Have you guys heard about Amazon’s new brick and mortar store? Known as Amazon Go, the store officially opened in Seattle. What’s amazing about this store, is that it rages against the norm, by getting rid of traditional cash registers. To go on a bit of a rant for a moment, cash registers are one of the biggest problems that I have with supermarkets. There is a store, near my house, that boasts that all checkout lanes are open on Saturday and Sunday during a certain time of day. Maybe its 9-5 or something like that. Why? Because the lineups are usually hella long.
The second problem that I have with supermarkets is the fact that there is some kind of problem when it comes to scanning the item. Maybe it’s in the wrong place on the shelf, or someone priced it incorrectly, therefore it scans at a higher price than you expect etc. Amazon’s store will help with some of these things. Brendan Witcher, an analyst at Forrester says that it’s not a checkout solution, but rather a fully connected store. He suggests: “This is immersive technology that allows you to continue to shop the way you want to shop but removes a pain point.” And he’s right.
Think about the way that we shop now. In the past, the raison d’etre, for a retail store was simply to sell stuff. Now, however, the retail operations need to figure out how to shift to e-commerce, but at the same time retaining the physical store locations. What happens is that retailers are taking steps to mimic the ease and convenience of online shopping while offering the perks of having an “IRL” experience.
It’s estimated that 85%-90% of all transactions are still taking place in physical retail stores. Even though Amazon is dominating with their online presence, they still see the value in brick and mortar stores. This is seen from their purchase of Whole Foods, having bookstores nationwide, and also this new Go location. Amazon is leading the way when it comes to a futuristic retail experience. It’s probably more realistic to say that they’re creating this futuristic retail experience.
Given that this is the way of the future, what can we expect of other retail stores?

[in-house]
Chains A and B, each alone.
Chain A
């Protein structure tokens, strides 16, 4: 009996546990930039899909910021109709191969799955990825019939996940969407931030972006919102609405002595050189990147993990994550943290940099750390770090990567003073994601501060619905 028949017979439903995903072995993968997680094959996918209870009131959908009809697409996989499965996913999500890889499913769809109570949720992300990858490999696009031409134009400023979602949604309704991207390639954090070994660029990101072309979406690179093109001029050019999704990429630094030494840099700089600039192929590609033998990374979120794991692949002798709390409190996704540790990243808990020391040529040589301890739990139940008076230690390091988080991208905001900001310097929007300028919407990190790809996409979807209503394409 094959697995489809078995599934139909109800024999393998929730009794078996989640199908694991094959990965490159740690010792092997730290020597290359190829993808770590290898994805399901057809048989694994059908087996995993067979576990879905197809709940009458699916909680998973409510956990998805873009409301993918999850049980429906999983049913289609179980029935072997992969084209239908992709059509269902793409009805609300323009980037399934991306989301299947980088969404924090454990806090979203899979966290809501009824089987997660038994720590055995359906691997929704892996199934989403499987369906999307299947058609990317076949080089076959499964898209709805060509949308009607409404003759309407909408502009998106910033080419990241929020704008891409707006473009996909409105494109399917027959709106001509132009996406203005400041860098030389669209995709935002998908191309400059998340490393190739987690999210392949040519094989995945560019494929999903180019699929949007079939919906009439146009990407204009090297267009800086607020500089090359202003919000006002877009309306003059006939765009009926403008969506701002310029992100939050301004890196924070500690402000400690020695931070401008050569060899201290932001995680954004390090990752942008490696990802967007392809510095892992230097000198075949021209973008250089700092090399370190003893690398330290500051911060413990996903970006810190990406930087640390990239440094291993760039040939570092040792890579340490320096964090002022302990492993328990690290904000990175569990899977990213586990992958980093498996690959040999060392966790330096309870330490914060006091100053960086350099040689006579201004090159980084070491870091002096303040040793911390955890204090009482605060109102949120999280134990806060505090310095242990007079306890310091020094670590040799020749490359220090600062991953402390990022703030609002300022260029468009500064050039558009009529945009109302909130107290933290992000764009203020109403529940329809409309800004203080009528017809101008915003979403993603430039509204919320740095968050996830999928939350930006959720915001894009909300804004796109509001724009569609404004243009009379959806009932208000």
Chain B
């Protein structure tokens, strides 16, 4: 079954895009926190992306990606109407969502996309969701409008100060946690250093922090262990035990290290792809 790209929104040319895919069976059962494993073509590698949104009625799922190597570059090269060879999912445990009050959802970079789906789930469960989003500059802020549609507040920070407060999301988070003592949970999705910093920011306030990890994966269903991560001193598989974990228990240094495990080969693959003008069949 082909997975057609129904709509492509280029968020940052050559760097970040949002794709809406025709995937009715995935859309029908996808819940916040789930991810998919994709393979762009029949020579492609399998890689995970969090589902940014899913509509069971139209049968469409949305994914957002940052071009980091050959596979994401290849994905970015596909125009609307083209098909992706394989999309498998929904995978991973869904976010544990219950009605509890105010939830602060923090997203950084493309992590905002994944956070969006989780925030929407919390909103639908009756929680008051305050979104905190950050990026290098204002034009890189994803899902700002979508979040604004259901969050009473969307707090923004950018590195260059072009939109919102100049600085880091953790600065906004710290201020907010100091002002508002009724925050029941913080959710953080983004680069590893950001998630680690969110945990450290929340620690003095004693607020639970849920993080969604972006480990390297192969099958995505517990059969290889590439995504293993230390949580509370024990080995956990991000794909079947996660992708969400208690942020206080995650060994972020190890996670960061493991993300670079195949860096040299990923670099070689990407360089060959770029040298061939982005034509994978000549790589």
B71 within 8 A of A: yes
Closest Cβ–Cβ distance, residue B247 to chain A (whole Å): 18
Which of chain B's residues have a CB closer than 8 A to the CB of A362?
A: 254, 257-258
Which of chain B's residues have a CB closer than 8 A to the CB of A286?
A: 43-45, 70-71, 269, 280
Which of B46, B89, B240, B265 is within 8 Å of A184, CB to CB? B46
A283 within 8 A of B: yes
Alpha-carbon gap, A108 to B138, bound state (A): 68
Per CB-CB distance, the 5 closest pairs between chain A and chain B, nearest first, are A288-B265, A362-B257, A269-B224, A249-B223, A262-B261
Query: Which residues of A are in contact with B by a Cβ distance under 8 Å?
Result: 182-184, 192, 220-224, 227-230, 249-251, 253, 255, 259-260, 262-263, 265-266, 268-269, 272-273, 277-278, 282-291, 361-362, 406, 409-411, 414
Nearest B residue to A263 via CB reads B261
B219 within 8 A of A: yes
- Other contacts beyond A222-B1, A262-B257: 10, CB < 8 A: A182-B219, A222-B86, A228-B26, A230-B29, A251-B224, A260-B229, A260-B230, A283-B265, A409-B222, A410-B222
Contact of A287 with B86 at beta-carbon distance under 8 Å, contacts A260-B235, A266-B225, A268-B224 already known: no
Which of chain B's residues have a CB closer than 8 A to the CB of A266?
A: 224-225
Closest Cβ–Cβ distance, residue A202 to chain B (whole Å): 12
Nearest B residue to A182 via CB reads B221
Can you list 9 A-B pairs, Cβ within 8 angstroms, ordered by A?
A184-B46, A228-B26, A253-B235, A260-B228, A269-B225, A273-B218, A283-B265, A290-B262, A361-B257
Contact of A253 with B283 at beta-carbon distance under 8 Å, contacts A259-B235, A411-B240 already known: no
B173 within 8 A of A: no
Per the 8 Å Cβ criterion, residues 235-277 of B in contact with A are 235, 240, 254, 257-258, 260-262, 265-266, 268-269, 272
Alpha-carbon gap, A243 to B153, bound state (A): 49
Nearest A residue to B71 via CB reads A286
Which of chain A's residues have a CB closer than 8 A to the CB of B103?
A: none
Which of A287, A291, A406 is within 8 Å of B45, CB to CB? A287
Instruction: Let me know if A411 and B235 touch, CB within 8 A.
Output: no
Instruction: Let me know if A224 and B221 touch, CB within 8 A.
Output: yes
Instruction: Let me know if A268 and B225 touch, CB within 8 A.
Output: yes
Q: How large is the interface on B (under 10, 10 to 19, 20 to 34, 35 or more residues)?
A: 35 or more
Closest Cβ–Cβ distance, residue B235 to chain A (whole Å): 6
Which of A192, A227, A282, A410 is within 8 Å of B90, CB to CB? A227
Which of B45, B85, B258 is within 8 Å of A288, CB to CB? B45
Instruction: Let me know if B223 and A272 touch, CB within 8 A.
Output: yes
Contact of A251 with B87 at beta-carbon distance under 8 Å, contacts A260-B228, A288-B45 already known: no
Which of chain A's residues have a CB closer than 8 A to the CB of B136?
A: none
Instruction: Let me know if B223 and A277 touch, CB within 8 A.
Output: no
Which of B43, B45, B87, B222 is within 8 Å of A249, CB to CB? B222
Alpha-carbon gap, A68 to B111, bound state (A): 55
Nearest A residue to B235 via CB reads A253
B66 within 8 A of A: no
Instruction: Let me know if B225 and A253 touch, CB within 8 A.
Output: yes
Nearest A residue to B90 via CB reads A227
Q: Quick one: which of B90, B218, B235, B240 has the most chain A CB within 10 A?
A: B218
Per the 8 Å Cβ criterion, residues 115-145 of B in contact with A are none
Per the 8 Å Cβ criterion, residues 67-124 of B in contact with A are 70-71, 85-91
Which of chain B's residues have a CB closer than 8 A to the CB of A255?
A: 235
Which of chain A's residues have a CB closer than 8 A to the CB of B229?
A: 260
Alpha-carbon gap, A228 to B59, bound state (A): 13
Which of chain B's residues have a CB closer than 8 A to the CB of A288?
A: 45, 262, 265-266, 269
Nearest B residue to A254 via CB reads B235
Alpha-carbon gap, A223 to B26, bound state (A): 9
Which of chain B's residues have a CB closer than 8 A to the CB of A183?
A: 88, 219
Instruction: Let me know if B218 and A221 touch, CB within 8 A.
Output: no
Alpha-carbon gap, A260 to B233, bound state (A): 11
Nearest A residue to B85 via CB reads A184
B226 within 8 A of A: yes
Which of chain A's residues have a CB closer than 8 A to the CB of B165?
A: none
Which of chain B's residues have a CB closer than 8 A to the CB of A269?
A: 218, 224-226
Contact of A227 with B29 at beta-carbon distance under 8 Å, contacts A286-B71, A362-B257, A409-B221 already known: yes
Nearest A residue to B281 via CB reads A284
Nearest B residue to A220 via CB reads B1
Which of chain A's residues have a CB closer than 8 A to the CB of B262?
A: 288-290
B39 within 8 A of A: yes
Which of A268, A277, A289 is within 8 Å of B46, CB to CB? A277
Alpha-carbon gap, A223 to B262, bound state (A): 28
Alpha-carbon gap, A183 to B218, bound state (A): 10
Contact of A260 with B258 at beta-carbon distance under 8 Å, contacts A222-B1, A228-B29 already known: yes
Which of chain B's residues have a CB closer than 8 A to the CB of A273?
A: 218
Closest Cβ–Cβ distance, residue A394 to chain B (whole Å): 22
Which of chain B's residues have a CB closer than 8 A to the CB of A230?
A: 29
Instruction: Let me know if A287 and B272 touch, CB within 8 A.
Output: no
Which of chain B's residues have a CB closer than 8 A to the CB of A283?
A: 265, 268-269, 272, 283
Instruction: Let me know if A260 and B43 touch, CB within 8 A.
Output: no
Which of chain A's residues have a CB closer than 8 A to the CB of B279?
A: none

Lack of Inventory
This is probably a weird concept, but stores themselves are moving away from having inventory. Instead, they’re offering services. A Nordstrom store in Los Angeles that opened late last year, has no inventory but offers services like manicures, stylists, and wine. The concept here is to allow the customer to work with a stylist in order to get personalized advice, and then have the items delivered to their home. All of which, I agree with. I hate having to go out and try things on though, so physically leaving my house to have to order something is slightly annoying. Maybe a manicure would make up for it?
Not only are stores closing, but they’re also shrinking in size. It’s interesting that stores no longer need the same footprint that they’ve seen over the last few decades. Take pop-ups for example. These are definitely becoming main stream, and it doesn’t tie a retailer down to one physical location.
This concept might not be as easy to see or understand. But artificial intelligence has been changing the retail industry for a while now through the use of chatbots, and other machine learning platforms. With the development of 3D printing, we are going to be able to get customized, or personalized products while we wait. Nimbly, an on-demand 3D knitting platform can sew garments for a customer while they wait. Kevin Sladek Nimbly’s co-founder wonders if this will cause things like standard sizes to become extinct, for customized sizes. Which would be great, wouldn’t it?
I think this shift will be great in the long run. We (as a society) have to get to a place where we’re ok with these changes and understand that these things aren’t going to replace humans, but rather change the way that we spend money and receive goods. It’s a win-win in my opinion and a lot of this has to do with Amazon.